Do money and morals and ethics and economics have to be mismatched pairs? Recent scandals involving prominent businesses and the less than ethical behavior among the ranks of famous athletes makes me wonder.
The “swiping” policy of Visa is a money and morals issue that caught the eye of the Wall Street Journal. According to the WSJ, “Walmart has sued Visa for more than $5 billion, claiming the card network charged unreasonably high fees when the retailer’s customers paid with plastic . . . Wal-Mart alleges that Visa violated antitrust regulations and generated more than $350 billion for card issuers over nine years, in part at the expense of the retailer and its customers.”
Apparently, corporations and individuals need to examine the morals clause of the Bible.
• Do not use dishonest standards when measuring length, weight or quantity. Use honest scales and honest weights ~Leviticus 19:36
• The LORD abhors dishonest scales, but an accurate weight is his delight ~Proverbs 11:1
• Those who long to be rich, however, stumble into temptation and a trap and many senseless and harmful desires that plunge people into ruin and destruction. For the love of money is the root of all evils. Some people in reaching for it have strayed from the faith and stabbed themselves with many pains. But you, as a person dedicated to God, keep away from all that. Instead pursue righteousness, godliness, faithfulness, love, endurance, and gentleness ~I Timothy 6:9-11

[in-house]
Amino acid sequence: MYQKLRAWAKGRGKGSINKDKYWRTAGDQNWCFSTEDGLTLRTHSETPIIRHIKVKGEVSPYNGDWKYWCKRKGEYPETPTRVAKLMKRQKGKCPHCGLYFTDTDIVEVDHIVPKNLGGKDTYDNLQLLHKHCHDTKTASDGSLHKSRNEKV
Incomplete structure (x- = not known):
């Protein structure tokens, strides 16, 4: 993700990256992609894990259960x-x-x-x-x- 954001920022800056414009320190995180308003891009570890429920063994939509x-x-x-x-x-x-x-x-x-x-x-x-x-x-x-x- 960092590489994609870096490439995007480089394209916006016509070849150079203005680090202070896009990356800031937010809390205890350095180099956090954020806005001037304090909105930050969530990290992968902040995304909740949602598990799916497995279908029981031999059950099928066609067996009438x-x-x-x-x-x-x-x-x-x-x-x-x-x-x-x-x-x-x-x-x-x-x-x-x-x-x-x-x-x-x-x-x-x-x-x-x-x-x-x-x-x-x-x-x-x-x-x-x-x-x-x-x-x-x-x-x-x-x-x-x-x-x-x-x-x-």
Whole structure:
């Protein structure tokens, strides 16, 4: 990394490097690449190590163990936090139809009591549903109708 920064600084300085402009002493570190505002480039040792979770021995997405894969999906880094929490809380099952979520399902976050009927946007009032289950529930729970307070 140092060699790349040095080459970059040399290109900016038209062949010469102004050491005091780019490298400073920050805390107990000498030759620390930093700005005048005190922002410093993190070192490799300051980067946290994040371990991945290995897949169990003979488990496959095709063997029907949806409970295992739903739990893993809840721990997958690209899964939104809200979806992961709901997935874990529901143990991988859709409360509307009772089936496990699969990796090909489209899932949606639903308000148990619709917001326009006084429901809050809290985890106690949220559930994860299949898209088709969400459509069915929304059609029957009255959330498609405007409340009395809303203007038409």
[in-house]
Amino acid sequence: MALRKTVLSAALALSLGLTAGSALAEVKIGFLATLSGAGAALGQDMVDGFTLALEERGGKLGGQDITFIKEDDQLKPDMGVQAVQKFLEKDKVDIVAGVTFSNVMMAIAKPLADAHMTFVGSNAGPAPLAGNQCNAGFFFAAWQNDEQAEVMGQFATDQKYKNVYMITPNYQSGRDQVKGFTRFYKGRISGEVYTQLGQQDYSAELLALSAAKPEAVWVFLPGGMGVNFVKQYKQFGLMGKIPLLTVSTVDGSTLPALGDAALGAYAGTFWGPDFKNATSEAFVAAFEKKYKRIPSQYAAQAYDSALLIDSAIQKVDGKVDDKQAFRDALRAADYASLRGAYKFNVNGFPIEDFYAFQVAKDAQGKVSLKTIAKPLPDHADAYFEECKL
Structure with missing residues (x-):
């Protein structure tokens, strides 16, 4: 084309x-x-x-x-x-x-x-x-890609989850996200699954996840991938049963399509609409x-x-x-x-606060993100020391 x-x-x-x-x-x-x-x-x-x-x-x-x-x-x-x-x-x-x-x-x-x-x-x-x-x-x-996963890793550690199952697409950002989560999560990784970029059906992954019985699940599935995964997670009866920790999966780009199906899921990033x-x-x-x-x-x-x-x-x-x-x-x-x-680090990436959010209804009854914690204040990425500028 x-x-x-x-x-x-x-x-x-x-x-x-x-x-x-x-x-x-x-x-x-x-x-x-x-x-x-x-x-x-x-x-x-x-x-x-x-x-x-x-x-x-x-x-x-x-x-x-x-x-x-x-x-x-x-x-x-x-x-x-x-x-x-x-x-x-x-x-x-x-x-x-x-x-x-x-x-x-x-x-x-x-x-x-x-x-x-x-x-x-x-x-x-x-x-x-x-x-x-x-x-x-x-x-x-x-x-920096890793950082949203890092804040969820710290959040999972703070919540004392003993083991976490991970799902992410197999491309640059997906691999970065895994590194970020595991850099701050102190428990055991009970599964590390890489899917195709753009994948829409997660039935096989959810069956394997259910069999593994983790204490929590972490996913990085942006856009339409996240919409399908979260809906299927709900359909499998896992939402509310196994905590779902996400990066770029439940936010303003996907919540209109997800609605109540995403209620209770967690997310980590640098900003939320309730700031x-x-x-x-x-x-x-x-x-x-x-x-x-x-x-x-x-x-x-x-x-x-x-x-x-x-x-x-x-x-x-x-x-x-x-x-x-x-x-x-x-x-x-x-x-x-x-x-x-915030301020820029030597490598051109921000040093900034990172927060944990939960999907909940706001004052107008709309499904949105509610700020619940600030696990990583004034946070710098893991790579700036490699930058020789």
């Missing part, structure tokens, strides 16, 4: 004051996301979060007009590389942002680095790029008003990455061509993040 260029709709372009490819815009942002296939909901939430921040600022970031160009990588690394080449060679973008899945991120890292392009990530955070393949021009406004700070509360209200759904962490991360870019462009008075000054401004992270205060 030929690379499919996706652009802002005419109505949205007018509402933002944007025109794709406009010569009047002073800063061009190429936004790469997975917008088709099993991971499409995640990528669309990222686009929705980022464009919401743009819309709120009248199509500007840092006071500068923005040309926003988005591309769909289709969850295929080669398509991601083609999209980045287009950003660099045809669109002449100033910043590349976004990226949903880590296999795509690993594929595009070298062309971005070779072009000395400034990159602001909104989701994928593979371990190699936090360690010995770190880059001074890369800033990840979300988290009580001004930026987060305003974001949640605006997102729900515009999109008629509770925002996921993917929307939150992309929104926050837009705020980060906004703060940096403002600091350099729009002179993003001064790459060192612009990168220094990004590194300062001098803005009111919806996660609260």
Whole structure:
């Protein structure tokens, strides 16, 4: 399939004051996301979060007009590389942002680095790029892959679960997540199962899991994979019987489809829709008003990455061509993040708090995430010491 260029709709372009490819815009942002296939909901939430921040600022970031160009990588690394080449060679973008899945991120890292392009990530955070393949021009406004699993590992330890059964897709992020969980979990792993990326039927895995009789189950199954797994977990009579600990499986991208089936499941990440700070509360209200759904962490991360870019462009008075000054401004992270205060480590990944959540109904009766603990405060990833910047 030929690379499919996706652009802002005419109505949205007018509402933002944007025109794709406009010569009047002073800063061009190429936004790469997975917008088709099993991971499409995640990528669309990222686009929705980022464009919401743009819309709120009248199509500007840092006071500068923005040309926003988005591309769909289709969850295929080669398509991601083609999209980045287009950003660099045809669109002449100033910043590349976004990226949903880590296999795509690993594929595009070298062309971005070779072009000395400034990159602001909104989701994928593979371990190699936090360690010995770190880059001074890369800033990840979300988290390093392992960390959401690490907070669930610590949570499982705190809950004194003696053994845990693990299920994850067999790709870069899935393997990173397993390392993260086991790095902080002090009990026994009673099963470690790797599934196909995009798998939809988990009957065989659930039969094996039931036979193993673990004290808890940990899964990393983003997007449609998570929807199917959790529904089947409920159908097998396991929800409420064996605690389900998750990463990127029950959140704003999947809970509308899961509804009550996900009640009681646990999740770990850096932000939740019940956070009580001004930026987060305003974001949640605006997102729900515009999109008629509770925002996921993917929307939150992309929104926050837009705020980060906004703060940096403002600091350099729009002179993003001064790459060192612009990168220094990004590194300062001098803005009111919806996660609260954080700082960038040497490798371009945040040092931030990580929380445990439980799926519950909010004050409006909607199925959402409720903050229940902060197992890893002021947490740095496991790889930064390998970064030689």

Money is not the problem, but the love of money is. The love of money warped the wisdom of Judas Iscariot, and he betrayed Jesus for 30 pieces of silver.
When I think of money and morals, I think of Bernard Madoff. His ethical backbone had the substance of a sponge. His love for money sowed the seeds of mistrust, ruined friendships, and robbed his investors of their retirements.
The word “moral” has a root meaning associated with the idea of “character, custom or habit.” This begs the question: If the character is tainted, can the habit be sainted?
The words of Horace Greeley offer an appropriate conclusion: “Fame is a vapor, popularity an accident, riches take wing, and only character endures.”
2 thoughts on “Money and Morals”
I like your concluding line–only character endures. A good reminder. Thank you.
Yes, character is an essential